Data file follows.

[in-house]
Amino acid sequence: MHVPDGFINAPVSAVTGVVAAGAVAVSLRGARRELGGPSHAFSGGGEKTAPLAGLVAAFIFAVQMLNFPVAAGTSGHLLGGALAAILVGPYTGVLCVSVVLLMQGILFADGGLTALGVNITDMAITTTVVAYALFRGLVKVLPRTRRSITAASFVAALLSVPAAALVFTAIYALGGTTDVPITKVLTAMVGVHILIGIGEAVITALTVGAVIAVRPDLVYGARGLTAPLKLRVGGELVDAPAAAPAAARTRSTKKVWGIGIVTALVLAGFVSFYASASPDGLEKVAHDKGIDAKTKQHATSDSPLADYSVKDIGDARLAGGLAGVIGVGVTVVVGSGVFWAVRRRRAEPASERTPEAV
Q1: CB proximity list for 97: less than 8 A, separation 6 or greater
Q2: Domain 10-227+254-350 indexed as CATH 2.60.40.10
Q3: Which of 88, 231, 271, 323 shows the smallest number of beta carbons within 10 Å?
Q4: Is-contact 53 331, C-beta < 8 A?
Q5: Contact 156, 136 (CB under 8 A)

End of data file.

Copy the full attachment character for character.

[in-house]
Amino acid sequence: MHVPDGFINAPVSAVTGVVAAGAVAVSLRGARRELGGPSHAFSGGGEKTAPLAGLVAAFIFAVQMLNFPVAAGTSGHLLGGALAAILVGPYTGVLCVSVVLLMQGILFADGGLTALGVNITDMAITTTVVAYALFRGLVKVLPRTRRSITAASFVAALLSVPAAALVFTAIYALGGTTDVPITKVLTAMVGVHILIGIGEAVITALTVGAVIAVRPDLVYGARGLTAPLKLRVGGELVDAPAAAPAAARTRSTKKVWGIGIVTALVLAGFVSFYASASPDGLEKVAHDKGIDAKTKQHATSDSPLADYSVKDIGDARLAGGLAGVIGVGVTVVVGSGVFWAVRRRRAEPASERTPEAV
Q1: CB proximity list for 97: less than 8 A, separation 6 or greater
Q2: Domain 10-227+254-350 indexed as CATH 2.60.40.10
Q3: Which of 88, 231, 271, 323 shows the smallest number of beta carbons within 10 Å?
Q4: Is-contact 53 331, C-beta < 8 A?
Q5: Contact 156, 136 (CB under 8 A)